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Arts and Entertainment Tuesday, May 24, 2016 3 years ago

Film review: 'The Nice Guys'

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A witty script and perfect chemistry make for the perfect buddy action flick.

A witty script and perfect chemistry between two great actors elevate "The Nice Guys" to sheer pleasure. This buddy action film is directed by Shane Black, who knows a little bit about the genre, having written "Lethal Weapon" way back in 1987. And he hasn't lost his gift for iconic comic timing over the years.

It's 1977 Los Angeles, and a car has come crashing down into a Hollywood Hills neighborhood in the opening scene. Its occupant is Misty Mountains, missing porn star, now deceased. But Misty's aunt insists she's still alive and hires Holland March, P.I. (Ryan Gosling) to find her. Meanwhile, Jackson Healy (Russell Crow) has been hired to beat up March by another shady lady named Amelia (Margaret Qualley). Seems she, too, has gone missing.

After Healy beats up March, the two incompetent P.I.s decide to team up and solve the mystery at hand with help from March's 13-year-old daughter, Holly (scene-stealer, Angourie Rice). The three trade killer quips, get caught up in numerous murders and market their own brand of mayhem. When all is said and done, the whole caper points to Detroit — specifically the auto industry.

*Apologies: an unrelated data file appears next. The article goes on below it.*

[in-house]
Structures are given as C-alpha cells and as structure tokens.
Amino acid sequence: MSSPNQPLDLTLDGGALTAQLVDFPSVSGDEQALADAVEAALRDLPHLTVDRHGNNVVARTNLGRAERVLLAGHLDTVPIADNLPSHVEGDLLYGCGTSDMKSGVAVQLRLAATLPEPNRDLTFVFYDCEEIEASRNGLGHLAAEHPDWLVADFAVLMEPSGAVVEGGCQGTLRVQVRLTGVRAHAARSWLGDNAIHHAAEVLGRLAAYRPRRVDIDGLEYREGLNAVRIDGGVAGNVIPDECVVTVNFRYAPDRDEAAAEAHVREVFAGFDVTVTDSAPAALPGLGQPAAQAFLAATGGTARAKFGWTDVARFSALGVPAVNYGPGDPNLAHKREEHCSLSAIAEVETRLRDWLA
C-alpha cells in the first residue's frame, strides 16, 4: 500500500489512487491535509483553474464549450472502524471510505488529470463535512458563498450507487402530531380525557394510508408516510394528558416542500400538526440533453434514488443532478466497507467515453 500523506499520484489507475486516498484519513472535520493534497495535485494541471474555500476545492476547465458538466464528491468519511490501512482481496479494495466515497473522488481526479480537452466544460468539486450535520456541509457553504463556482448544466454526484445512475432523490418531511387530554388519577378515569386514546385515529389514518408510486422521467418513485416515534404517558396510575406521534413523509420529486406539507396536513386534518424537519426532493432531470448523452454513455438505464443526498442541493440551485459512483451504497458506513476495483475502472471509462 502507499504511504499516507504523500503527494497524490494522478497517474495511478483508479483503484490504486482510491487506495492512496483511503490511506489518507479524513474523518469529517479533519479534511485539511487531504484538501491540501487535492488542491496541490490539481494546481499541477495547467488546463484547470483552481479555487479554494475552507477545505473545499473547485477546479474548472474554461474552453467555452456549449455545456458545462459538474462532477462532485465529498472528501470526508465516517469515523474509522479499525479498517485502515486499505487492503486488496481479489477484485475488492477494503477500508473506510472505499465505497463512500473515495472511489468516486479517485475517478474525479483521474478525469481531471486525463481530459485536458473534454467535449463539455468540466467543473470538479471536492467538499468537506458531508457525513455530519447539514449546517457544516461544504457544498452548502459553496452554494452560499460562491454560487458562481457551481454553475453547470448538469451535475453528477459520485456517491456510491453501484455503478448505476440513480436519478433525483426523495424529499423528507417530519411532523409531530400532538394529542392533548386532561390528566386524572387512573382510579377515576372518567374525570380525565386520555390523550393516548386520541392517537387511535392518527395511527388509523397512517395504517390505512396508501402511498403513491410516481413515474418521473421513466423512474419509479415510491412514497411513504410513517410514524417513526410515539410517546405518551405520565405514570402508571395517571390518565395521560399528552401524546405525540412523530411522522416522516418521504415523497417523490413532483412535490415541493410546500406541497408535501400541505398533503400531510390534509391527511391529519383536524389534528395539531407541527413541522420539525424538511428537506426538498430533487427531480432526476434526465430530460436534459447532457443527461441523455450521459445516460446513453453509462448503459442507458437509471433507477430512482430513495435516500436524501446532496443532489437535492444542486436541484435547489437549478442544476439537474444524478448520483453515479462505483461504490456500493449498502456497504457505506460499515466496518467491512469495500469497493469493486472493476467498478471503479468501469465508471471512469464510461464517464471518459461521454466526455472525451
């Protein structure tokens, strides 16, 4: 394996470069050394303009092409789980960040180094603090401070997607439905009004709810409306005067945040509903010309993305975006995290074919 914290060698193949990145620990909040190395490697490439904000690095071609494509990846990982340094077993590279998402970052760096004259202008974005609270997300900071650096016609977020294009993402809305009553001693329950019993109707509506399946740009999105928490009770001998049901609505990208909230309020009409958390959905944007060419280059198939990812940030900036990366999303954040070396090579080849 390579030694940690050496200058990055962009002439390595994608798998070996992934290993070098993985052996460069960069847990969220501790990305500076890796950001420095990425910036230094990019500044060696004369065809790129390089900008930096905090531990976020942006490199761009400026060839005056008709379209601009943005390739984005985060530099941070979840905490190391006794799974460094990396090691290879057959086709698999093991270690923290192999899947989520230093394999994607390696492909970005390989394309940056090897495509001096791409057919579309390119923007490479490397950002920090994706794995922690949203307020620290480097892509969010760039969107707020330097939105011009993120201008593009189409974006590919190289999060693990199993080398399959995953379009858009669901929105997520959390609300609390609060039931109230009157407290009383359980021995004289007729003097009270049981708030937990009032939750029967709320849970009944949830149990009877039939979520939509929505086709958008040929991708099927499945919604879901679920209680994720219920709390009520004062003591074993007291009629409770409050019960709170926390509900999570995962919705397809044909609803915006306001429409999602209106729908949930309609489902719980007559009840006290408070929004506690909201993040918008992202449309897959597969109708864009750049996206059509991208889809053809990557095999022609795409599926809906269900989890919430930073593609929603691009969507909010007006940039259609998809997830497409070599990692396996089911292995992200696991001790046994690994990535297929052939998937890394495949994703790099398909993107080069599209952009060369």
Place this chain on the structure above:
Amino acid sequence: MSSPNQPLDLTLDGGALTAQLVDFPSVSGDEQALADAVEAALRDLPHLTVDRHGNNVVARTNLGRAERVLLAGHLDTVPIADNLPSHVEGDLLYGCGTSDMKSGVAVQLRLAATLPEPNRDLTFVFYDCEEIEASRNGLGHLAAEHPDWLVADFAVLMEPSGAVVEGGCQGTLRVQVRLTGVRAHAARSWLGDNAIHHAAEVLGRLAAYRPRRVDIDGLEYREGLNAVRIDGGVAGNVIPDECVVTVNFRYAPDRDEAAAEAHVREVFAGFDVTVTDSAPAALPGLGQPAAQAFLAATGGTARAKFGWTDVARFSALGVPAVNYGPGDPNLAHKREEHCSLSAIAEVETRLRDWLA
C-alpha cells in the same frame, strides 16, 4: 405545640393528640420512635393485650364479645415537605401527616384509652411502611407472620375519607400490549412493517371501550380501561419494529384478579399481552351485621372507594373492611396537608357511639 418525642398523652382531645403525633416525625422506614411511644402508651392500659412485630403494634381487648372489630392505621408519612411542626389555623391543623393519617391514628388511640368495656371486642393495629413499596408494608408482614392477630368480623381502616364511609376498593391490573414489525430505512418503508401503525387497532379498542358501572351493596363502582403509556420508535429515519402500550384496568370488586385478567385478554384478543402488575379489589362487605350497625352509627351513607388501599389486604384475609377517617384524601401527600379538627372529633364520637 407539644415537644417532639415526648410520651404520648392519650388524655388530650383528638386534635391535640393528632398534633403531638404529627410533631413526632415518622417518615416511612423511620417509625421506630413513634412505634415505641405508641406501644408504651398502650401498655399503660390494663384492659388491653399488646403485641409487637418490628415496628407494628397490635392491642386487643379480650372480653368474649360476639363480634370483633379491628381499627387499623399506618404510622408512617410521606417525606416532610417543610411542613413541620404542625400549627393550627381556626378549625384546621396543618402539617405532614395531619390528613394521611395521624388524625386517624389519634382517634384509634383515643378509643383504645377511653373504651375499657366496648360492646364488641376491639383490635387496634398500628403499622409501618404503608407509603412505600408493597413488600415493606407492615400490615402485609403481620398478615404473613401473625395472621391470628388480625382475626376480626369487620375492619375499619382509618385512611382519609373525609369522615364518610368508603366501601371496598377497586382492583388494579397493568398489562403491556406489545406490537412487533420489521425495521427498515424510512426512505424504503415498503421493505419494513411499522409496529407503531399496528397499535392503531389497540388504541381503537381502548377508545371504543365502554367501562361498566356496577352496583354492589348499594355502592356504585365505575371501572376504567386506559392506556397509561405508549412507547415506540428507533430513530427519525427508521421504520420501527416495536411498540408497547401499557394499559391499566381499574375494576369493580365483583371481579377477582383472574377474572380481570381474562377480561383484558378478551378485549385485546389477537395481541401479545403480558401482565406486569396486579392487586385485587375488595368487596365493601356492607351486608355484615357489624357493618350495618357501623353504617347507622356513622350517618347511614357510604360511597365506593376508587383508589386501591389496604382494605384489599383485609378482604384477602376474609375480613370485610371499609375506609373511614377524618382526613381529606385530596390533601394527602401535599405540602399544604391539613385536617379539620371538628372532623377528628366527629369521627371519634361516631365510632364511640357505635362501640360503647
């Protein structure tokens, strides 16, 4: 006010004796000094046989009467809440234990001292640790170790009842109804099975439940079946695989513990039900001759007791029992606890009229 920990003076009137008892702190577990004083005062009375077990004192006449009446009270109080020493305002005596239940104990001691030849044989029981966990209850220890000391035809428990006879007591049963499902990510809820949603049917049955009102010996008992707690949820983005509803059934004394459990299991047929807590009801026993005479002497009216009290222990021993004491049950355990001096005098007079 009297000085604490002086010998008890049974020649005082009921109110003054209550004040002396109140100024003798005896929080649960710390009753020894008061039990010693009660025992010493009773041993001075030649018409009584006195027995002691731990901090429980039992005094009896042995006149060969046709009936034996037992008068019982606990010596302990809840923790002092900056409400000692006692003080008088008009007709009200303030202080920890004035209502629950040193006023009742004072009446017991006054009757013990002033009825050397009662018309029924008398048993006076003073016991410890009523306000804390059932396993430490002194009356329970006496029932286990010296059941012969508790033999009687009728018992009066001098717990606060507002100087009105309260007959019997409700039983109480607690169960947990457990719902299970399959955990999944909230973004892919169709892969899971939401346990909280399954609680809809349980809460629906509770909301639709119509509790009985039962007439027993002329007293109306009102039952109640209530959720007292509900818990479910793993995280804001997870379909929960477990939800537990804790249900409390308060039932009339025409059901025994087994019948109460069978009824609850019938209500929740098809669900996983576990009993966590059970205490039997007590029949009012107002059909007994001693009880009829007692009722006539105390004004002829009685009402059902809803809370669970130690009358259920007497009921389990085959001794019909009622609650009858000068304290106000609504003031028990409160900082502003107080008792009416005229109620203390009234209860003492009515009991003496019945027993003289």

Yeah, go figure.

The attention to detail in "The Nice Guys," is as impressive as the camerawork. A slick score, utilizing blasts from the past, helps electrify the nonstop action playing out on screen. Nixon jokes, smog alerts, long gas lines and vintage billboards firmly plant us back in the day.

But it's Crowe and Gosling's rollicking rapport as bumbling, inept klutzes that pushes this hilarious film to brilliant burlesque. Gosling delivers some of the best, incredibly stupid lines with such smug assurance, you can't help laughing out loud. The best one is after a cop says, "I'm just carrying out orders." And March replies, "Yeah, well you know who else was just following orders? Hitler!"

It's so much fun watching two very cool actors dude-down so effectively in "The Nice Guys." And the irony of the title is never lost on the audience due to two amazing performances.

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